Leeds & Skin Two North & Dasniya & Forests

Dasniya said, “Are we over water? We should be able to see water,” and just then water became the east coast of England and we descended towards the rough black line of the Pennines, landing at Leeds by way of Schiphol. Except it wasn’t Leeds. Well, it was, but we weren’t staying there. We spent most of our time in Stocksbridge, a steel mill town north-west of Sheffield and south-ish of Leeds, except for Saturday afternoon and Sunday morning when we were at Skin Two North in Leeds. And at least some time each day wandering in the hills and heath around the town, usually ending up pottering through Bolsterstone.

Some months ago, Dasniya had been invited to perform MA√ 15 { idiosyncrasy } || sin x = ly – fx²¯ at Skin Two North. Skin Two I knew about, all the latex, rubber, masks, general high fashion perversion and kink that’s been in magazine form since the ’80s, so I thought Dasniya performing there was well special. Leeds, on the other hand, having never been north of London, and not having much sense of the land south of Scotland … Deborah, one of organisers picked us up, suffering a little from our 4am rising, and took us to meet Nemesis, the other main organiser, and together creators of Kit (and fancy attic scale train sets). Kit is what they call the implements of trade they manufacture in Nemesis’ garage workshop, from racks to whipping posts to rotating frames for upside-down bondage, filling at least three rooms of his house.

As the weekend went on, I was more and more impressed and taken by their decades-long dedication to BDSM, the culture, the people and friendships, the equipment, especially on the Saturday afternoon. Following a lazy Friday and somewhat lazy morning, all of us piling into two vans and a car and heading to Leeds for the event, where the space was rapidly converted into two hundred square metres of dungeon, complete with dungeon guards, masses of Kit, and a single ring bound with turquoise rope.

By nine o’clock people were coming in, dressed people, in dress that made me feel scruffy and embarrassed; around 400 people all looking spectacular. Lurking in the back room then, until almost midnight when I bolted out to finish the setup before collecting Dasniya – turquoise hair: on head, between legs and under arms! I think I’m often more anxious than her before starting, this time especially, but once she hit the end of the Guitar Hero Vivaldi music and was swinging upside-down, I relaxed quite a bit; also trying to film with camera on tripod held overhead and cue music distracted me.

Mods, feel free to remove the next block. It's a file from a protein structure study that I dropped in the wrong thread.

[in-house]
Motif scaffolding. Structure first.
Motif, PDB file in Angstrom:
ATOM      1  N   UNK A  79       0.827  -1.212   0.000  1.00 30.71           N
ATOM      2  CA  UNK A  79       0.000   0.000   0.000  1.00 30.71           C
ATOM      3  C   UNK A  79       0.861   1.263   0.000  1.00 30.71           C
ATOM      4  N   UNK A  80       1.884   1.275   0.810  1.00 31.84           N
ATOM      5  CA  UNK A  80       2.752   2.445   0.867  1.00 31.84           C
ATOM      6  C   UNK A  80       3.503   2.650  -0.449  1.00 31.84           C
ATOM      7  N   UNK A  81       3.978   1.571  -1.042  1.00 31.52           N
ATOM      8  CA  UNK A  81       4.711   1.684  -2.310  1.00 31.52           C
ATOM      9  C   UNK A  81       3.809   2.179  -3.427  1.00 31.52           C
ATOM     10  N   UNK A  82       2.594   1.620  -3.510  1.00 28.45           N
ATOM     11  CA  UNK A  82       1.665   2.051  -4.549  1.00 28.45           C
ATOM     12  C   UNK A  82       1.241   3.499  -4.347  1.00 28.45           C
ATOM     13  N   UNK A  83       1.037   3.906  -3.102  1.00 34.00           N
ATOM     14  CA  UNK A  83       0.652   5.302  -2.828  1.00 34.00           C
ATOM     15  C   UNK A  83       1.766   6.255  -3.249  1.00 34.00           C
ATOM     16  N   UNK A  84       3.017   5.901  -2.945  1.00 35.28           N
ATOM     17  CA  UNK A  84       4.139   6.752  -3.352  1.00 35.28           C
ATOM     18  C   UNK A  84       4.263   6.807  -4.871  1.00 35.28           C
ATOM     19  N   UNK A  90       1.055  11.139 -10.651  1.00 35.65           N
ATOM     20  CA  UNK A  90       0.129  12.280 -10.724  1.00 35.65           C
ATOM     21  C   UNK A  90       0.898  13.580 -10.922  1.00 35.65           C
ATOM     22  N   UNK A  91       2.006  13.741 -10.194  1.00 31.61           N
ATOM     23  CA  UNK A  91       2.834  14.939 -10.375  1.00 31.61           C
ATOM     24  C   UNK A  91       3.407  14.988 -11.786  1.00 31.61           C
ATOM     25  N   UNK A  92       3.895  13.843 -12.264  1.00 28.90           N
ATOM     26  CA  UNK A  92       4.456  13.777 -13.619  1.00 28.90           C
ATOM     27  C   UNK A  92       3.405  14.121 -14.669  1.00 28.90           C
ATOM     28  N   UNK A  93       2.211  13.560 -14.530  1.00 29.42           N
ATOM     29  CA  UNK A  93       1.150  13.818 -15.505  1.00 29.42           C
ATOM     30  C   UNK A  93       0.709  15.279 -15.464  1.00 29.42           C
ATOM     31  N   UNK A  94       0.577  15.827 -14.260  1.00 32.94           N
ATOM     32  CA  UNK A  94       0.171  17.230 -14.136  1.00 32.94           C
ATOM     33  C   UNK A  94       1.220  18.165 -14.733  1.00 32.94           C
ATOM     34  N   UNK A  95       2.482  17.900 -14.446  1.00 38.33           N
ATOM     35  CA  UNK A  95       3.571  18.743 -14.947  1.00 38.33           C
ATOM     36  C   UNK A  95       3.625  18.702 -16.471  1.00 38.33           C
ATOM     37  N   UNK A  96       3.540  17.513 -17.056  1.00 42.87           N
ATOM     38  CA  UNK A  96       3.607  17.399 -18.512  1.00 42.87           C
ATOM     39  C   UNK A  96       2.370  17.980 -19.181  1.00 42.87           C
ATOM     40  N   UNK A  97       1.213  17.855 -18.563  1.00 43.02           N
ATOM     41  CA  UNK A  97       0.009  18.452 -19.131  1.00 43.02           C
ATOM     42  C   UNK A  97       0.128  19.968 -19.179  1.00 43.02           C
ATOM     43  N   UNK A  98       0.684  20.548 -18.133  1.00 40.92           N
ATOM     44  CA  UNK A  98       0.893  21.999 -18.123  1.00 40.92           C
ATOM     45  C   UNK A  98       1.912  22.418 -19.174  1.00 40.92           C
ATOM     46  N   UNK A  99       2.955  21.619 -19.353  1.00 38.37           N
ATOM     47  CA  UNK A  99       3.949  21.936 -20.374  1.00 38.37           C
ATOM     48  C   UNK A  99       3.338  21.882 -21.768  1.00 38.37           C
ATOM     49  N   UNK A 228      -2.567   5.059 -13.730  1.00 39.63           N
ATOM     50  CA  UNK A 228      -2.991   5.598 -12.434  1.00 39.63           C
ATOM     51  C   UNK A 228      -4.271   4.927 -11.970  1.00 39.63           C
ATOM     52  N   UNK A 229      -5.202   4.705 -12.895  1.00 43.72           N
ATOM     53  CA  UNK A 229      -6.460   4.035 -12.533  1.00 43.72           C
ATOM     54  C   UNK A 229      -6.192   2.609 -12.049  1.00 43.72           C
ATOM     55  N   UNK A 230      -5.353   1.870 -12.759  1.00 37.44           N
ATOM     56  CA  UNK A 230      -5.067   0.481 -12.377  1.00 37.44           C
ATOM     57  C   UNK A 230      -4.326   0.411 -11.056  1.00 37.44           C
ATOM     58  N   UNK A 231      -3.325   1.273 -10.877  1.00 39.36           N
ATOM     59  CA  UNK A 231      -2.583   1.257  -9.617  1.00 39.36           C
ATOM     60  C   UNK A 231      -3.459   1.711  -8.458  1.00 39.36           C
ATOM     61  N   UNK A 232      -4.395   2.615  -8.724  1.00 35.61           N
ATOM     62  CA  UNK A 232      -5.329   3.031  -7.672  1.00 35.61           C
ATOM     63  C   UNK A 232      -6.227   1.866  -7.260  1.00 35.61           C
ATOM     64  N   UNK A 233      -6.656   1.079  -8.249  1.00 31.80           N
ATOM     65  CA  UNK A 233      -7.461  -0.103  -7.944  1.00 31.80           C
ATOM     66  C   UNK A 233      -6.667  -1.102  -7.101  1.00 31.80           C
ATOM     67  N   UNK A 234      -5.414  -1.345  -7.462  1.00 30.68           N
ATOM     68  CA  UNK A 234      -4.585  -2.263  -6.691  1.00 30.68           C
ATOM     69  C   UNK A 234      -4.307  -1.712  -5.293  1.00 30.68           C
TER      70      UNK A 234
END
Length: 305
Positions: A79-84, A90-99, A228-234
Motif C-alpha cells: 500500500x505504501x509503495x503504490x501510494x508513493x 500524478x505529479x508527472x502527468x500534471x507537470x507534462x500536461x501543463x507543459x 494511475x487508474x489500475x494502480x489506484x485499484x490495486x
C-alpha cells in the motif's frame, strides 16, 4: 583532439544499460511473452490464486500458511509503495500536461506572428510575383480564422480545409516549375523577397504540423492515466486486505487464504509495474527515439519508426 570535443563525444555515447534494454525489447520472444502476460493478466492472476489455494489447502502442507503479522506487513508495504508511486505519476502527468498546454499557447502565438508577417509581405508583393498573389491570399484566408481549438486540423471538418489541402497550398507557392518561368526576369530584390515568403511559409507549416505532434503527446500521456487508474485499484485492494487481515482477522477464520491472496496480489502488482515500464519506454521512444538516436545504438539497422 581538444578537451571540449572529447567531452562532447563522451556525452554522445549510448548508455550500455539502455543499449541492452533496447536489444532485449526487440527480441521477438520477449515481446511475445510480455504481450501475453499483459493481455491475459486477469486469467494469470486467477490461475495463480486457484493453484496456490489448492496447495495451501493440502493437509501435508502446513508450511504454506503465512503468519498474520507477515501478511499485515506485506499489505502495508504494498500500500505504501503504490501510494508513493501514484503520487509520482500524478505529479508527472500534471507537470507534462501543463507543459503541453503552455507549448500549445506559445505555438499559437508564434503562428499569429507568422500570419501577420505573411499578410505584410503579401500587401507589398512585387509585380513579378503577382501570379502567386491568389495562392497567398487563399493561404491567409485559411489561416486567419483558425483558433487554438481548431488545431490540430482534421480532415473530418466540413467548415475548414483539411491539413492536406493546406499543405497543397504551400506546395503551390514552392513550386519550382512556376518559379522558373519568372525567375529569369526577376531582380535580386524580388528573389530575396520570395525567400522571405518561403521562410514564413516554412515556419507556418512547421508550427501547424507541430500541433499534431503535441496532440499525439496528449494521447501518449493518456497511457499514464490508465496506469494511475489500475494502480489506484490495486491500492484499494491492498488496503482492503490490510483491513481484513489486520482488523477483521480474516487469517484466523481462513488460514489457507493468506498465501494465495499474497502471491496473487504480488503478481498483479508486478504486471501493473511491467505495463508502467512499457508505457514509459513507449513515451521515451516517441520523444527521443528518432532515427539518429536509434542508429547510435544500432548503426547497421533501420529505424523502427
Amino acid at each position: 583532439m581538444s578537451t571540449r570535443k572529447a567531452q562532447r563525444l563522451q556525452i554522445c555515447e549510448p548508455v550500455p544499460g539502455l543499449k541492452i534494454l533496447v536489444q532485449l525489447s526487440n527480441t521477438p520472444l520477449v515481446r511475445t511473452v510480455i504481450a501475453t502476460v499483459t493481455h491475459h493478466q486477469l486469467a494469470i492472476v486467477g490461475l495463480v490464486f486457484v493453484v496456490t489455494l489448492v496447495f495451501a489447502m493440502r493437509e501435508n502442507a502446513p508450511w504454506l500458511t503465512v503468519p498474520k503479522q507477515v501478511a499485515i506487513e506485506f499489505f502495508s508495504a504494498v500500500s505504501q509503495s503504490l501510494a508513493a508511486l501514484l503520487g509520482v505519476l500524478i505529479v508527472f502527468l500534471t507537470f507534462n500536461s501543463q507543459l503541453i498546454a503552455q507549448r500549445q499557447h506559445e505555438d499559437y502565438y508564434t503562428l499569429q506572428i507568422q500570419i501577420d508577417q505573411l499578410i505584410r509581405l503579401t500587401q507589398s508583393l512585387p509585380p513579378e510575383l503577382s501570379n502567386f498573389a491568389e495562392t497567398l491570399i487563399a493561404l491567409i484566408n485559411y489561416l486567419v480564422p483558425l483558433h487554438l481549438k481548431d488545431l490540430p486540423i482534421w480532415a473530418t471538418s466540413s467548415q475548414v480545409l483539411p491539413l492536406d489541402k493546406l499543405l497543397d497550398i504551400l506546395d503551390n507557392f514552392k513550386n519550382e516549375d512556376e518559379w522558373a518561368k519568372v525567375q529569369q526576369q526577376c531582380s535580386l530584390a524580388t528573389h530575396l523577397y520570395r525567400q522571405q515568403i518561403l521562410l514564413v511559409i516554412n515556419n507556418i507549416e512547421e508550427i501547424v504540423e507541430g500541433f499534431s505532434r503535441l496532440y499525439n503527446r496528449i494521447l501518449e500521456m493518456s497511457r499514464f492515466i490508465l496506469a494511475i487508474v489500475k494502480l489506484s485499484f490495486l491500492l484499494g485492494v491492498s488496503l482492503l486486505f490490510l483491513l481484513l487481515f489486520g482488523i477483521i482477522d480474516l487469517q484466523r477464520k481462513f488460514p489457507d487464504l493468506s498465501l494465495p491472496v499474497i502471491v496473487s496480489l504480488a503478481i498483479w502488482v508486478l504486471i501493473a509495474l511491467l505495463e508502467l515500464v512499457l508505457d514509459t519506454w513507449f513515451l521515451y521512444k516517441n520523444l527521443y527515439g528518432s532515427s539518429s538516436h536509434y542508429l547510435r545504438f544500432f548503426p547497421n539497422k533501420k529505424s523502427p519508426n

This is one of my favourite performances, which I never get tired of seeing, and at under twenty minutes, over too quickly. It’s exceedingly rare that a performer can get the attention of an entire room when the ones up the back are drinking and talking, especially if that performance is mostly in silence, but as she progressed through hanging, tying one ankle, then the next, undoing her hair, removing pointe shoes, all while moving with mesmerising clarity and calmness, the entire room fell towards silence, and something like awestruck emotion, then going bonkers when she finally came to ground.

Later, we came out and watched everyone at play, almost joining in ourselves, then finding it was approaching 3am and time to end. Time to depart, once everything was packed and stowed was closer to 5am and post-return drive and cups of tea saw bedtime closer to 8am.

Breakfast then, around 4pm, a proper English breakfast of bacon, sausages, baked beans, eggs, fried tomatoes, and for me, coffee. Then a wander in the heaths between brooding forest and marshes. Another brutal 3am rising to get to the airport and staggering into home around midday. Some pictures, then. None of the train set, none of the Kit, nor the garden; much of the hills around Stocksbridge.